Have a passion human rights project you want to pursue? You’ll find support and encouragement for it at the Institute at Cincinnati Law.
From letter-writing campaigns for Amnesty International to underwriting educational seminars and outreach efforts into urban high schools, we promote ongoing community partnerships, in particular with the National Underground Railroad Freedom Center, where you can help update an exhibit on contemporary forms of slavery.
Have your own human-rights focused Independent Research Project idea? You can apply to receive course credit and pursue your research and work under the guidance and direction of Professor Lockwood.
More About the Urban Morgan Institute for Human Rights
Urban Morgan Human Rights Institute Advisory Board:
- William J. Butler, Esq., Chairman, New York, NY
- Philip Alston, New York University
- Abdullahi An-Na'im, Emory University
- Gordon A. Christenson, University of Cincinnati
- Rebecca J. Cook, University of Toronto
- Drew S. Days, III, Yale Law School
- Judge Unity Dow, Botswana, Africa
- Tom J. Farer, University of Denver
- Cees Flinterman, Netherlands Institute for Human Rights
- Judge Nathaniel R. Jones, Cincinnati, Ohio
- Gay McDougall, Washington, D.C.
- Juan Mendez, American University, UN Special Rapporteur on Torture
- W. Michael Reisman, Yale Law School
- Mark L. Schneider, Washington, DC
- Joseph P. Tomain, University of Cincinnati
Pennsylvania Studies in Human Rights Advisory Board:
- Marjorie Agosin, Wellesley College
- Philip Alston, New York University
- David Weissbrodt, University of Minnesota
A number of human rights scholars have spent time in residence at the University of Cincinnati College of Law. These scholars have availed themselves of the excellent array of research materials and programs provided by the Urban Morgan Institute.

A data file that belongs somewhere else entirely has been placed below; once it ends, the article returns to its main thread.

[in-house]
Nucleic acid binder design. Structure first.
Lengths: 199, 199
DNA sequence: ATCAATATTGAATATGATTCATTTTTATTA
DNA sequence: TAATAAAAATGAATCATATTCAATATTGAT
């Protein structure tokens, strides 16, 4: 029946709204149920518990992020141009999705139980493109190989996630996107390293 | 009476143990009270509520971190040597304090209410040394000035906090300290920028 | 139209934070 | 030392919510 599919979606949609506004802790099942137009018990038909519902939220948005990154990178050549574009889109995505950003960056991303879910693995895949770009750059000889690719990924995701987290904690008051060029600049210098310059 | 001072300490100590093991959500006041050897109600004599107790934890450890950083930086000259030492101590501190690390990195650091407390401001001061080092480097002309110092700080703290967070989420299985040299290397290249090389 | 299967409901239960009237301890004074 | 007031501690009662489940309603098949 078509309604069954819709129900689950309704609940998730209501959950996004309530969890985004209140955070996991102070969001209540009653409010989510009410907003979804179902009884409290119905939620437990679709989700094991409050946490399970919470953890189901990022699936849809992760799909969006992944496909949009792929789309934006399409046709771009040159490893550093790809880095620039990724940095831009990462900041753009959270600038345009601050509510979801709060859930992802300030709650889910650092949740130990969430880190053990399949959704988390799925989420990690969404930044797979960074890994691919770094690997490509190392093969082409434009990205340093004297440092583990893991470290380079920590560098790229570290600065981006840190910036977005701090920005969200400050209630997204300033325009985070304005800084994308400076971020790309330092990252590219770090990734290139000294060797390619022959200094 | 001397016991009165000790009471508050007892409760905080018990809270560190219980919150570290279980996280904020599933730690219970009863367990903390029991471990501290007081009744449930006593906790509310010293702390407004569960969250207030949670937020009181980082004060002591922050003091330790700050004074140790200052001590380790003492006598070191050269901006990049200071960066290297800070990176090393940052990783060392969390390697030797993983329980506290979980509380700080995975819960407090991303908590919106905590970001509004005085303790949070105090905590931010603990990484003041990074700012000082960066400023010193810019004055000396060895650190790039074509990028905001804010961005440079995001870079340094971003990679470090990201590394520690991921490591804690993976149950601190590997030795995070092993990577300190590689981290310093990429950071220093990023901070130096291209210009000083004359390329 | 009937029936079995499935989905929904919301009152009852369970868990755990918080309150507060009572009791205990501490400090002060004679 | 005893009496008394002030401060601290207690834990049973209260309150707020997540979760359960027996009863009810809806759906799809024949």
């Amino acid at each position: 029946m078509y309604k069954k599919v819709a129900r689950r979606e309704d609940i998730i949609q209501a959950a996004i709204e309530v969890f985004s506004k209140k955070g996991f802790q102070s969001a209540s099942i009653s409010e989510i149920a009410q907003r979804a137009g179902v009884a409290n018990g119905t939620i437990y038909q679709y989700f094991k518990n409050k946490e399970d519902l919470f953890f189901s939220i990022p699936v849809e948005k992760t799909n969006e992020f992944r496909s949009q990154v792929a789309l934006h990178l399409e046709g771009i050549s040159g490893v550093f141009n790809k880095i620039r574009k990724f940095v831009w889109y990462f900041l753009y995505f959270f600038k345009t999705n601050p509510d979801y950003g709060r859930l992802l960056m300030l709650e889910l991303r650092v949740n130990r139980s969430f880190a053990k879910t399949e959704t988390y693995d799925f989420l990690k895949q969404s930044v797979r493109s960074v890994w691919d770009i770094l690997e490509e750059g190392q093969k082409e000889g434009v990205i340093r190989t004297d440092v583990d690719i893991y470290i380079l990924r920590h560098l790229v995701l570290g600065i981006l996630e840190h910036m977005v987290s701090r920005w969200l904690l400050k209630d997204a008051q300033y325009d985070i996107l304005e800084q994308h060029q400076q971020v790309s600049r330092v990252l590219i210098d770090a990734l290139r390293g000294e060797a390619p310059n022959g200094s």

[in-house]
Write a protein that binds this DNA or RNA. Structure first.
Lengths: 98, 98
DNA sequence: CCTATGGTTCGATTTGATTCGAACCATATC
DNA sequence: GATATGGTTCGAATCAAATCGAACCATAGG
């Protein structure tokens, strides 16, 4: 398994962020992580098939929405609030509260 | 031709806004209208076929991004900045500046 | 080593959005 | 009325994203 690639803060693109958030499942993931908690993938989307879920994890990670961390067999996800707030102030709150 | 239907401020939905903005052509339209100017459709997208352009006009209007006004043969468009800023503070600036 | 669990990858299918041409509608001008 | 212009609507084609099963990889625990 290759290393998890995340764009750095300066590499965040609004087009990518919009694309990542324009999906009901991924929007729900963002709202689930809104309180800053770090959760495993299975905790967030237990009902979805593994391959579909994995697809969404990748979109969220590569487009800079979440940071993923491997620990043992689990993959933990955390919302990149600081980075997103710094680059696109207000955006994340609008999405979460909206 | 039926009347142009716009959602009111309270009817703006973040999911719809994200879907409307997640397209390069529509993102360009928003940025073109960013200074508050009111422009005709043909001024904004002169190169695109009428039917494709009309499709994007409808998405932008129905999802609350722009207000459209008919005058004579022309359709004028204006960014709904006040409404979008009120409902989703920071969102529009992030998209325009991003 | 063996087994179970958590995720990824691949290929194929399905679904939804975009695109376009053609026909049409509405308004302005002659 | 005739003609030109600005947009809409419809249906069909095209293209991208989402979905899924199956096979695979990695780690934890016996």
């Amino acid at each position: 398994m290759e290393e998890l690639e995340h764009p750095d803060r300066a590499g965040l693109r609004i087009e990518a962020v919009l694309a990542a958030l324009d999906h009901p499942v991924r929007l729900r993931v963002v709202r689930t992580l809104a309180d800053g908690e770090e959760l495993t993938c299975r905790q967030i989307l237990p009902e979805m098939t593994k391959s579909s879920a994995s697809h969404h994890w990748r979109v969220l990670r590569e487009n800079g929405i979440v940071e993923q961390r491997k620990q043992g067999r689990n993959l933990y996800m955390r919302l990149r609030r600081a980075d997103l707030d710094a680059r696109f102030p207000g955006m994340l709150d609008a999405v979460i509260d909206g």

Past scholars-in-residence include:
- Thabiso Lepang (Fall 2012) Lawyer with Unity Dow & Associates, Botswana, working with College of Law’s Domestic Violence Clinic.
- Keneilwe Modise (Fall 2011) Lawyer with Unity Dow & Associates, Botswana, working with College of Law’s Domestic Violence Clinic.
- Raymond Steenkamp Fonseca (Fall 2009) – Ph.D. Candidate IMT, Institute for Advanced Studies Lucca, Italy.
- Hu Zhijun (Fall 2009) – Ph.D. Candidate, Shandong University.
- Jiang Feng (Spring/Summer 2008) – scholar from Shandong University in China, researching constitutional law and human rights.
- Raushan Amanzhanora (Fall 1999-Spring 2000) – visiting Professor from Kazakhstan, researching human rights and linguistics;
- Jeremy Sarkin (Spring/Fall 1998) – taught “The New South African Constitution” and “Transitional Justice” seminars at the College of Law while on sabbatical from the University of the Western Cape, South Africa;
- Ustina Dolgopol (Fall 1997) – taught “International Women’s Human Rights” at the College of Law while on sabbatical from Flinders University of South Australia;
- Myroslava Antonovych (Spring 1997) – studied linguistics in human rights;
- J. Kenneth Blackwell (1993) – as U.S. Ambassador to the UN Commission on Human Rights under the Bush Administration, Blackwell appointed two Morgan Fellows as delegates to the Commission;
- Koshi Yamazaki (Fall 1987 - Spring 1998) – visiting Faculty of Law, Kawaga University, Japan;